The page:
Our Cookies Policy
To make full use of www.electromaker.io, enjoy the personalised features and ensure the websites works to its full potential, your computer, tablet or mobile phone will need to accept cookies.
Our cookies don’t store sensitive information such as your name, address or payment details: they simply hold information about how you use our site so we can improve your experience and resolve any errors.
If you’d prefer to restrict, block or delete cookies from www.electromaker.io, or any other website, you can use your browser to do this. Each browser is different, so check the ‘Help’ menu of your particular browser (or your mobile phone’s handset manual) to learn how to change your cookie preferences.
Here’s a list of the main cookies we use, and what we use them for:
Electromaker – Login session
Google Analytics – Analytics
Twitter – Twitter Feed
Each web browser handles cookie management differently, please follow instructions for your chosen browser:
Our mission is to unite the global maker community so that makers worldwide can learn, share and collaborate on exciting hardware projects. Our team of hardware fanatics are dedicated to bringing you the latest news, reviews and tutorials on your favourite hardware platforms.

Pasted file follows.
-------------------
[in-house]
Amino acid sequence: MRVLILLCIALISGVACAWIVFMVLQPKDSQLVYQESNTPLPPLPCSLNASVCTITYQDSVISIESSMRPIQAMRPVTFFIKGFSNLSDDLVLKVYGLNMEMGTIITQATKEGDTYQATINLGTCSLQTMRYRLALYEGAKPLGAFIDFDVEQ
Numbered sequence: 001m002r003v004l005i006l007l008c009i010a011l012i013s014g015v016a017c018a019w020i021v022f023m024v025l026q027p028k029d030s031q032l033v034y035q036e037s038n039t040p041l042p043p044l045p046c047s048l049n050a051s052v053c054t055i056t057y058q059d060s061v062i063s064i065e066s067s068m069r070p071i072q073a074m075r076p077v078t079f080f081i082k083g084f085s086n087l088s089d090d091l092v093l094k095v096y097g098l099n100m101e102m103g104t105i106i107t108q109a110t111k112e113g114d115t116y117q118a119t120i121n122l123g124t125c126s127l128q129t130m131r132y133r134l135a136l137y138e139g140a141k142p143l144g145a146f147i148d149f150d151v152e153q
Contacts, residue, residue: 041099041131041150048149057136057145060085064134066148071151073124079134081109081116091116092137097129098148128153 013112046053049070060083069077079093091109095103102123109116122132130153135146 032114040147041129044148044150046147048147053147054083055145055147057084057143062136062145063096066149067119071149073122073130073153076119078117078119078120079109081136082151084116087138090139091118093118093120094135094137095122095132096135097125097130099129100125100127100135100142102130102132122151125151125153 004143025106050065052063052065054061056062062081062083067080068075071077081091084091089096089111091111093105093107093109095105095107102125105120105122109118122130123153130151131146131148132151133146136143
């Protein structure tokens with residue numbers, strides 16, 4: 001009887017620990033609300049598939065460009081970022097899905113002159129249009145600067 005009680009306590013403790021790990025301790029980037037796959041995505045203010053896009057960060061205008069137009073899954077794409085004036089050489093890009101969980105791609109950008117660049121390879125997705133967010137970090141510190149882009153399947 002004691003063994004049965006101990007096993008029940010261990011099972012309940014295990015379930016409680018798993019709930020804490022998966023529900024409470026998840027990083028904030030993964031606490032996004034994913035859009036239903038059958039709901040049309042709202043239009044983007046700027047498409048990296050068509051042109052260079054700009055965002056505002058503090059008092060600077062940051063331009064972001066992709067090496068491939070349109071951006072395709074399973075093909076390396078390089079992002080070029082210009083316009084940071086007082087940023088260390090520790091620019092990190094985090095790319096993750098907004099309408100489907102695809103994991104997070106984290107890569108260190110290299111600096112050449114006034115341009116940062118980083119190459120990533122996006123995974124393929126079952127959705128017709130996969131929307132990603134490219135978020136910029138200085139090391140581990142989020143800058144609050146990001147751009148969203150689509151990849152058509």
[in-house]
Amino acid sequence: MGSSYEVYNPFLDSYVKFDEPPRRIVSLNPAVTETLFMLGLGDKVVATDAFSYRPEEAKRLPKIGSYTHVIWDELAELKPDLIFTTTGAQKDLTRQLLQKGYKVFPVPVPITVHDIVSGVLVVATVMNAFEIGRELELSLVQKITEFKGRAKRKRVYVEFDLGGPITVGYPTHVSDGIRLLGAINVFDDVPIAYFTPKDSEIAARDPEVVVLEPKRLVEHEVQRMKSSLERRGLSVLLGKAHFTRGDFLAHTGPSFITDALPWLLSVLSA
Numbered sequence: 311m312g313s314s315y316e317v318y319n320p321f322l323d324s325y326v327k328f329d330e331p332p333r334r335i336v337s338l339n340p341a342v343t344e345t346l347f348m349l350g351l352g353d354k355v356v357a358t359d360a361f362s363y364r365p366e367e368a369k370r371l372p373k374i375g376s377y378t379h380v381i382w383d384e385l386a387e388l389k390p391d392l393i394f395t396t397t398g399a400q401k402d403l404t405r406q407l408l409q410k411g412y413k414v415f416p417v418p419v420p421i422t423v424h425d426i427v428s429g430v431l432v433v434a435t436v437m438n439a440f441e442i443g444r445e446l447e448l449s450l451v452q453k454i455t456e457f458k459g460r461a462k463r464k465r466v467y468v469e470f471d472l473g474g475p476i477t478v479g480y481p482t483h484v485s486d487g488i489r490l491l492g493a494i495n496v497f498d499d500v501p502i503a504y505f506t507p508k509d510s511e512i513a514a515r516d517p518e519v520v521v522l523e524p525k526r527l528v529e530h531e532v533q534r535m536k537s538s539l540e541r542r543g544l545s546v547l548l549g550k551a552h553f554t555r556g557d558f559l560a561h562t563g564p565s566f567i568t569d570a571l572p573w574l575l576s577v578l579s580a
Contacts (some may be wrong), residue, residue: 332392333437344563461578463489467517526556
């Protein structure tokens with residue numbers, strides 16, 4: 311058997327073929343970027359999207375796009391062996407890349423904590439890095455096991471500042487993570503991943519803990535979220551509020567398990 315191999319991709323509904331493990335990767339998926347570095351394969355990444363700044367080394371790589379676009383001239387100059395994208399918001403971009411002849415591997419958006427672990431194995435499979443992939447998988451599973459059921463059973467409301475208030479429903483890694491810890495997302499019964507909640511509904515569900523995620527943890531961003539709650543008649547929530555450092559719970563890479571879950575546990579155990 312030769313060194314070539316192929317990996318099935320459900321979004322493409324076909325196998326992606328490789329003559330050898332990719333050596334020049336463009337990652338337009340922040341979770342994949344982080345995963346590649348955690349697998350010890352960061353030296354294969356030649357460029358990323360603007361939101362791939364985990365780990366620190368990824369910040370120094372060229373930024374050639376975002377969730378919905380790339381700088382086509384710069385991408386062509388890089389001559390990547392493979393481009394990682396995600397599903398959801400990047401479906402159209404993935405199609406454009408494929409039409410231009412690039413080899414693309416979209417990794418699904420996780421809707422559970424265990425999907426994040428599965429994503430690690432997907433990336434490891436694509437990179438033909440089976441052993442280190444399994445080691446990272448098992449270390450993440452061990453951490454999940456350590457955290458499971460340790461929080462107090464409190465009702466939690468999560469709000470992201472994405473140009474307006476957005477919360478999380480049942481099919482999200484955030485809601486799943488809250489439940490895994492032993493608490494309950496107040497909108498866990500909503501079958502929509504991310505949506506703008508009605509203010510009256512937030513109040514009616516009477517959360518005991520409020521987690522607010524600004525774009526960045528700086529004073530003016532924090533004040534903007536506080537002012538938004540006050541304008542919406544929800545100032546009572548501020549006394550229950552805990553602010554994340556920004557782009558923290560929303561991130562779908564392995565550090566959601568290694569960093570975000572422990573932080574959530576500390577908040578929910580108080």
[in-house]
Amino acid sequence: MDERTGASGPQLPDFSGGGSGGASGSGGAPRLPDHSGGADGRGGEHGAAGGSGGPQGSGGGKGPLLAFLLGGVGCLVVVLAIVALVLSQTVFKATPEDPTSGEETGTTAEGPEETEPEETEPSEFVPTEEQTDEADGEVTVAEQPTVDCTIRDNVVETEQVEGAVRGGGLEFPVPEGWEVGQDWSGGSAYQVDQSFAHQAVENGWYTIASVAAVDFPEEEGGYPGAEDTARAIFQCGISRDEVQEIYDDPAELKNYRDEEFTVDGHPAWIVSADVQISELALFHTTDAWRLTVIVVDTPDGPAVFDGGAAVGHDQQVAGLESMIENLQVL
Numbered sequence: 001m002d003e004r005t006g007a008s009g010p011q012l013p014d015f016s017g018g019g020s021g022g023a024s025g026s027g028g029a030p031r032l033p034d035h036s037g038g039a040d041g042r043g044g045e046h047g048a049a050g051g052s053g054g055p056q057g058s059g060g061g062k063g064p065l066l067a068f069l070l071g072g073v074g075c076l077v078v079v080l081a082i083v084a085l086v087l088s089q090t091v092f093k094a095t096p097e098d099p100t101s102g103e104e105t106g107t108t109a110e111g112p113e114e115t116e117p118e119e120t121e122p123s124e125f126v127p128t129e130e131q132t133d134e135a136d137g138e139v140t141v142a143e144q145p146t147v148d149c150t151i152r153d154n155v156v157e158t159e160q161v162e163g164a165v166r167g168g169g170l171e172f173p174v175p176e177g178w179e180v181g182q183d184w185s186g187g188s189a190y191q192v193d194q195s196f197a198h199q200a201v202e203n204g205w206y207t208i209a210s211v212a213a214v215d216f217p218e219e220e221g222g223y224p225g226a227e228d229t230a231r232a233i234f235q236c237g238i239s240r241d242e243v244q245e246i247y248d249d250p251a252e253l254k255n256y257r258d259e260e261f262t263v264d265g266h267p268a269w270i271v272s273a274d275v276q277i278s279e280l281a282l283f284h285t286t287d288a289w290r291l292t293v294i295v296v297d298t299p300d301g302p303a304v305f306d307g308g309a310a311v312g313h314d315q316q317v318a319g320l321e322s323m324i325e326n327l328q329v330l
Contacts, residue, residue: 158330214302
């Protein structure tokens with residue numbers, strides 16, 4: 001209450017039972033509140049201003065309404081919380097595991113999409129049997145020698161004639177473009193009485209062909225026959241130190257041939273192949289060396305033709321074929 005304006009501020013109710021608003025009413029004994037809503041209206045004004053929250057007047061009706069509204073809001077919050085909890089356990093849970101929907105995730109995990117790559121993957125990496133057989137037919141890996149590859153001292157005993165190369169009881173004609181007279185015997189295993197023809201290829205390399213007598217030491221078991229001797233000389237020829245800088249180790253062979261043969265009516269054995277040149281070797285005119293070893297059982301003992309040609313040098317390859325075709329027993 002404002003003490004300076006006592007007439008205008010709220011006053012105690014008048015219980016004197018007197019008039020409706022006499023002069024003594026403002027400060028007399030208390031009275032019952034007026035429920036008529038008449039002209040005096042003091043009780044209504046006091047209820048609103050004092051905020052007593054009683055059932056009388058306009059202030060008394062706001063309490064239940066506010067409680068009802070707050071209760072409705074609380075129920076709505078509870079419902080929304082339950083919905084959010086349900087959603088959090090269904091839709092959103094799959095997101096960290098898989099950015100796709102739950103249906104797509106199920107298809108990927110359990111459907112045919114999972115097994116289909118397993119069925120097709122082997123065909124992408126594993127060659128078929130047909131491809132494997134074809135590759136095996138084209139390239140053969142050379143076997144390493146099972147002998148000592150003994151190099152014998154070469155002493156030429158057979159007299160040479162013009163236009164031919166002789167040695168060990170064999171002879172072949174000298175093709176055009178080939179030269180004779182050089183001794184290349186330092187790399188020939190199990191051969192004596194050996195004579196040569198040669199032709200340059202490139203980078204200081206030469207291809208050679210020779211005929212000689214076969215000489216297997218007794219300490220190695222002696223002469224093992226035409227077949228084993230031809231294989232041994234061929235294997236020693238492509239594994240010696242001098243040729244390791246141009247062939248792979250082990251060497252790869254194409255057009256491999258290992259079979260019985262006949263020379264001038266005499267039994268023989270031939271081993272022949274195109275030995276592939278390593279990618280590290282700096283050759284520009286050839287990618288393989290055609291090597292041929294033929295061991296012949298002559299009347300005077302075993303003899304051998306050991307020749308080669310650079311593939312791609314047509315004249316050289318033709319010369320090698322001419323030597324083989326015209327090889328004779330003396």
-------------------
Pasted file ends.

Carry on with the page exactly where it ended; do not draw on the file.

The single-board computer (SBC) space is populated with tons of maker boards. While the Raspberry Pi is arguably the best known and most popular, there's the Odroid XU4, Orange Pi Prime, Asus Tinker Board, and more. Now, Pi Supply is poised to launch the IoT LoRa board in a crowdfunded Kickstarter campaign. Learn more about the IoT LoRa board!
There are loads of Raspberry Pi alternatives. Some, like the Raspberry Pi, adopt fruity monikers such as the Orange Pi and Banana Pi. While the most popular single-board computer (SBC) is easily the Raspberry Pi, competing maker boards nevertheless offer excellent hardware. Enter the Blueberry Pi, a do-it-yourself Raspberry Pi competitor. It's not the most powerful board, but it's easy to put together, versatile, and affordable.
We introduced the remarkably cheap Arduino alternative, the ATtiny85 in another blog post <<ED LINK TO THAT POST PLEASE>> so this tutorial assumes that you have taken the steps in that post to setup your ATtiny85 and the Arduino IDE.
After an unfortunate two-year delay following its wildly successful Kickstarter campaign, the PiJuice has finally arrived. As the name suggests, it’s all about supplying power (juice) to the Raspberry Pi so you can set it free from the mains to use in projects in the great outdoors.
Another day, another single board computer (SBC) hits the market, but this one from Libre Computer Project hopes to be a more powerful “drop-in replacement” for the Raspberry Pi. But does it meet the high standard of the Raspberry Pi? Well, let's find out.